Technical University of Berlin, Faculty for Planning, Building, Environment
Department of Architecture, Habitat Unit
Straße des 17. Juni 152, 10623 Berlin, Germany
Received: 19 Jan 2015 – Revised: 11 Nov 2016 – Accepted: 24 Nov 2016 – Published: 27 Jan 2017
Abstract. The transformations of economic structures as well as of transportation and communication means have altered neighborhood-based interaction in the last decades. Therefore most urban studies argue that local neighborhoods have lost their function as places of sociability and solidarity. But if one looks at the more semipublic local contact sites and therein on a more
superficial and fluid interactional level, interactions and ties among local residents do not seem to decrease in the same way as close and intimate ties have exceeded the neighborhood boundaries. This article thus examines the neighborhood-based interactions in one example of an important neighborhood space – a café – that demands different kinds of commitments.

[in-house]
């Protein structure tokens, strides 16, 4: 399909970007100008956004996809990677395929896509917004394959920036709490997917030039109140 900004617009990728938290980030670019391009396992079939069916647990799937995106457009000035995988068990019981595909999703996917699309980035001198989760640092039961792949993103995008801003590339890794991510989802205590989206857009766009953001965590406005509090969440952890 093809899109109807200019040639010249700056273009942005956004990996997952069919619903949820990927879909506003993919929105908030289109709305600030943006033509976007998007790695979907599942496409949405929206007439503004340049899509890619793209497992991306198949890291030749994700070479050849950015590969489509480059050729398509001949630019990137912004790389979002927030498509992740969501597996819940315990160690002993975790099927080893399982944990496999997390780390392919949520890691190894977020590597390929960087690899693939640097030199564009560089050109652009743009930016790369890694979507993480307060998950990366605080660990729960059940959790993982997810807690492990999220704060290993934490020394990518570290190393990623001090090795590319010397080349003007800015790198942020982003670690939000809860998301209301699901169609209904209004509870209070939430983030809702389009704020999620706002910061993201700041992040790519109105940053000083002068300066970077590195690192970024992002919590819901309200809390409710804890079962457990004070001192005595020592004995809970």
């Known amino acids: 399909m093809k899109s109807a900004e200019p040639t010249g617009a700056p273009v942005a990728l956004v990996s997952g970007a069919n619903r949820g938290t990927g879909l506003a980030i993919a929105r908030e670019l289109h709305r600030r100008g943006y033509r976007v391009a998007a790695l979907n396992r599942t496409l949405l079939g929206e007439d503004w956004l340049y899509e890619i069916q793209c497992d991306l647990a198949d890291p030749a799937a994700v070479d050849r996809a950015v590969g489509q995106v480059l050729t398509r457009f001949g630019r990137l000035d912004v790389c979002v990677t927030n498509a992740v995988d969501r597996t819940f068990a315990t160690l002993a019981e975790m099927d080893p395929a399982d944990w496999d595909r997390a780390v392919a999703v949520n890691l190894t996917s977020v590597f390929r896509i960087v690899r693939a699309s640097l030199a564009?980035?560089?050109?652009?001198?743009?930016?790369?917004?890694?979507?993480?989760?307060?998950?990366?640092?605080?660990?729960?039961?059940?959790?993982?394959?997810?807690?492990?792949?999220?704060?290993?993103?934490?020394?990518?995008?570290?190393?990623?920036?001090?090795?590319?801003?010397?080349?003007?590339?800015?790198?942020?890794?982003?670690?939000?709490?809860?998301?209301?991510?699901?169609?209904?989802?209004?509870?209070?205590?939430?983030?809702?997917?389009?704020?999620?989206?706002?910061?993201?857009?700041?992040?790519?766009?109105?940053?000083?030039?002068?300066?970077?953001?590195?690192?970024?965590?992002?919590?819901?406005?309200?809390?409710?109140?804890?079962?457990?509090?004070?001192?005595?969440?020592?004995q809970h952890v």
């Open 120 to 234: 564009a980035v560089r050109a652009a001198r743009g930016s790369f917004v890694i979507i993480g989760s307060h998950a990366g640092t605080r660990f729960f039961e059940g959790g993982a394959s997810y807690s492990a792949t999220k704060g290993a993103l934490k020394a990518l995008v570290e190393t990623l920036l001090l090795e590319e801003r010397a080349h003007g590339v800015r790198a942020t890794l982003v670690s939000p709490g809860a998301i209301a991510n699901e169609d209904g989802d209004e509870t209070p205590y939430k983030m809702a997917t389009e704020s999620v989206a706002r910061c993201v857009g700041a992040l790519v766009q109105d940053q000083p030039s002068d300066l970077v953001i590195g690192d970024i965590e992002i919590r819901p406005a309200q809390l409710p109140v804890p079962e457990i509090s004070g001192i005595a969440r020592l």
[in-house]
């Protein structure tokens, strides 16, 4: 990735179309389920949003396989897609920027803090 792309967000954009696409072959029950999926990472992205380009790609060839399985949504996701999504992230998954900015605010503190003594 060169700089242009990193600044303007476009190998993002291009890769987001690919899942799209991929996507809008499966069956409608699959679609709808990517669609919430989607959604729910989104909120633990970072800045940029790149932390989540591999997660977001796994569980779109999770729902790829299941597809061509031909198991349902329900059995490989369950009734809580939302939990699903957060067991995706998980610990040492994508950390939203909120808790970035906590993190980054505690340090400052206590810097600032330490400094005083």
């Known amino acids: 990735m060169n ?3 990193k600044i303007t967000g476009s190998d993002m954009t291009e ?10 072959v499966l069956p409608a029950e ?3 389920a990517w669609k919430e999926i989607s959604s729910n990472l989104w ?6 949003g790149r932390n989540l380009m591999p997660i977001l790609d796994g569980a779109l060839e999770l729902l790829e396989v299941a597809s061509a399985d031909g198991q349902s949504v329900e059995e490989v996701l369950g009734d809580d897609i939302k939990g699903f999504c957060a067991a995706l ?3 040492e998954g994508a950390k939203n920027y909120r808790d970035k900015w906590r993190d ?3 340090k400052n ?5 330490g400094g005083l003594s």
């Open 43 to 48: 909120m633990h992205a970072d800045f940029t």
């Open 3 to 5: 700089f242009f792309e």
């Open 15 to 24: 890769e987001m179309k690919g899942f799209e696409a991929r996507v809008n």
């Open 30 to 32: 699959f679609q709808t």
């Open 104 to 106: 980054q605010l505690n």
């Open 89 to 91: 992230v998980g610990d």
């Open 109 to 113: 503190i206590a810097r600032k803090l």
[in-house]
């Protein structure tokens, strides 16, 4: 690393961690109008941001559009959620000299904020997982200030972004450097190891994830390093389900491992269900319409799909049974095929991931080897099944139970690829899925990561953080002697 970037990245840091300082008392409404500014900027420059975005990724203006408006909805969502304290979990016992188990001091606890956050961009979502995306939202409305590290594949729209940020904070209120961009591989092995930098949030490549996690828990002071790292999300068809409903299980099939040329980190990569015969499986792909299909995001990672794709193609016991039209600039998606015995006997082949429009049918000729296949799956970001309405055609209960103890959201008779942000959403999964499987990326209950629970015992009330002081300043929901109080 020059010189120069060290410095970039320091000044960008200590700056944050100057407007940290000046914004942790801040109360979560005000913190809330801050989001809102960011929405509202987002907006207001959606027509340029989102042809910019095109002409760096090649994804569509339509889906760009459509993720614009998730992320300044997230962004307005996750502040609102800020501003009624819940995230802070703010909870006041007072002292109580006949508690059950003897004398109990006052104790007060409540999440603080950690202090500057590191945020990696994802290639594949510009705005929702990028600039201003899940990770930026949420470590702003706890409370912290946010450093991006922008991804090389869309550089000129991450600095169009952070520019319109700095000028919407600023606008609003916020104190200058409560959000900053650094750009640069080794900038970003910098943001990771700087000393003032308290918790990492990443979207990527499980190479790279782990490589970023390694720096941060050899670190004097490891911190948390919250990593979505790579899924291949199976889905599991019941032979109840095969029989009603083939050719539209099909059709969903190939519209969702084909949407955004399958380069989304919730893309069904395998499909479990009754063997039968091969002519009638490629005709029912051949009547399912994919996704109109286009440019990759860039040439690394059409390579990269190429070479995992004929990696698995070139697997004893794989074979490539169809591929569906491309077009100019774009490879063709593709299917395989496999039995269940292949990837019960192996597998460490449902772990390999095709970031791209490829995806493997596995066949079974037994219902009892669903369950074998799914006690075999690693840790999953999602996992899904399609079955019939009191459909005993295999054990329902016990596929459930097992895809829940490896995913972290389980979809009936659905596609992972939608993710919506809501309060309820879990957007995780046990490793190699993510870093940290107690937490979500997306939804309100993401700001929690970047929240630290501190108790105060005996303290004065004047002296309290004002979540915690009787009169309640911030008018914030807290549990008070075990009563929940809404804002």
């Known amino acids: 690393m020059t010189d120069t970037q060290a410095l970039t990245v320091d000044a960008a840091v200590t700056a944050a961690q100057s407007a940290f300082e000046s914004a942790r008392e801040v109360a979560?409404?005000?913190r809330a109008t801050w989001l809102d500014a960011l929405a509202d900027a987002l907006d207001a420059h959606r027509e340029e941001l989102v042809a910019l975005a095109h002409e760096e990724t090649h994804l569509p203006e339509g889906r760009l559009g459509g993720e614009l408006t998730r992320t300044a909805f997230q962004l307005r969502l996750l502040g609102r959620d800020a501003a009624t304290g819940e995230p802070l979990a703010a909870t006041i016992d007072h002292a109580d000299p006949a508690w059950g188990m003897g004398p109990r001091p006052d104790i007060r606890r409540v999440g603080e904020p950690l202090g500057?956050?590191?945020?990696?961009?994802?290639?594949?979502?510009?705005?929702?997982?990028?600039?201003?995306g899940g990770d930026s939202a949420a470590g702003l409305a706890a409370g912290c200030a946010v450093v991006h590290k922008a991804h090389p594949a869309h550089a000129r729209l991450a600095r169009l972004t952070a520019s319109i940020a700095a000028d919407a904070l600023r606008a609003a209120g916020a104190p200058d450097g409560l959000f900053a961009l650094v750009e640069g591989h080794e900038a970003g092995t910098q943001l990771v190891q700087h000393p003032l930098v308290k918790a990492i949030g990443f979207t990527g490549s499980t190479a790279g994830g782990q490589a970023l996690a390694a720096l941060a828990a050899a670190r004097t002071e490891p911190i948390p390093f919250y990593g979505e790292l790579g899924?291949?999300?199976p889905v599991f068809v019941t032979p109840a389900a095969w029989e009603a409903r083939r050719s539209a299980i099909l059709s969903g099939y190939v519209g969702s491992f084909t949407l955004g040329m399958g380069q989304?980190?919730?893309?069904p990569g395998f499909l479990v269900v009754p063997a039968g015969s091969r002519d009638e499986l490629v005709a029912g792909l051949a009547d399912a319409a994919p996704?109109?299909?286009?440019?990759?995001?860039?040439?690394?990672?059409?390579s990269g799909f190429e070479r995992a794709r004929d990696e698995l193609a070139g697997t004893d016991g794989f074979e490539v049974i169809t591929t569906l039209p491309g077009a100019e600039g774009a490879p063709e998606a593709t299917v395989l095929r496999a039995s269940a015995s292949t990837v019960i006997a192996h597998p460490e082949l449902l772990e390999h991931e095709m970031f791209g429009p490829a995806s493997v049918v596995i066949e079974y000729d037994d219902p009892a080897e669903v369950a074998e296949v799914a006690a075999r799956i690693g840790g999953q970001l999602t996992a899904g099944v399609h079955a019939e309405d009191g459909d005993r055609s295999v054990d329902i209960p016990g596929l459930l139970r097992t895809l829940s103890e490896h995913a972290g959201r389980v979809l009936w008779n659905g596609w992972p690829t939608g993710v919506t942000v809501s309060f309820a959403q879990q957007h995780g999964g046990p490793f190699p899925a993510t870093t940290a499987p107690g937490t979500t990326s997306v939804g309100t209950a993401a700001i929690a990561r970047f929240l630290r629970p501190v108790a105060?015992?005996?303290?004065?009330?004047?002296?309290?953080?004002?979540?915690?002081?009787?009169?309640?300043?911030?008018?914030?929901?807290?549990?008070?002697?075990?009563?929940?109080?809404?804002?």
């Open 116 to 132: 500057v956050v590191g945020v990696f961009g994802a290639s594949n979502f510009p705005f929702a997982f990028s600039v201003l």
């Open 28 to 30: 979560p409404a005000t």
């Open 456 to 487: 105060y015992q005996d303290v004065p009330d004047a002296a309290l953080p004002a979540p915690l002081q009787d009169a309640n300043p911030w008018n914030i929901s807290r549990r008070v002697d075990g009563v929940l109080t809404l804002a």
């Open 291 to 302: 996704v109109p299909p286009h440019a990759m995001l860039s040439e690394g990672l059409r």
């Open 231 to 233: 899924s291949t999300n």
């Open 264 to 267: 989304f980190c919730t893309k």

Practice theories thereby provide a particularly advantageous set of approaches to examine these rather spontaneous and loose micro-interactions. This is why this article ethnographically analyzes a café, as one of the important social neighborhood spaces. The article elaborates on Theodore Schatzki's (2010) and Elizabeth Shove's (2012) idea of practices as linked entities of material, competence, and meanings, coupled with Erving Goffman's conceptualization of public behavior (1959, 1963) regarding why local businesses represent locational material neighborhood settings for local micro-interactions (as social practices). Furthermore, the article addresses how these interactional practices lead to a sense of belonging and community for their carriers.
Steigemann, A. M.: Social practices in a café: community through consumption?, Geogr. Helv., 72, 45-54, doi:10.5194/gh-72-45-2017, 2017.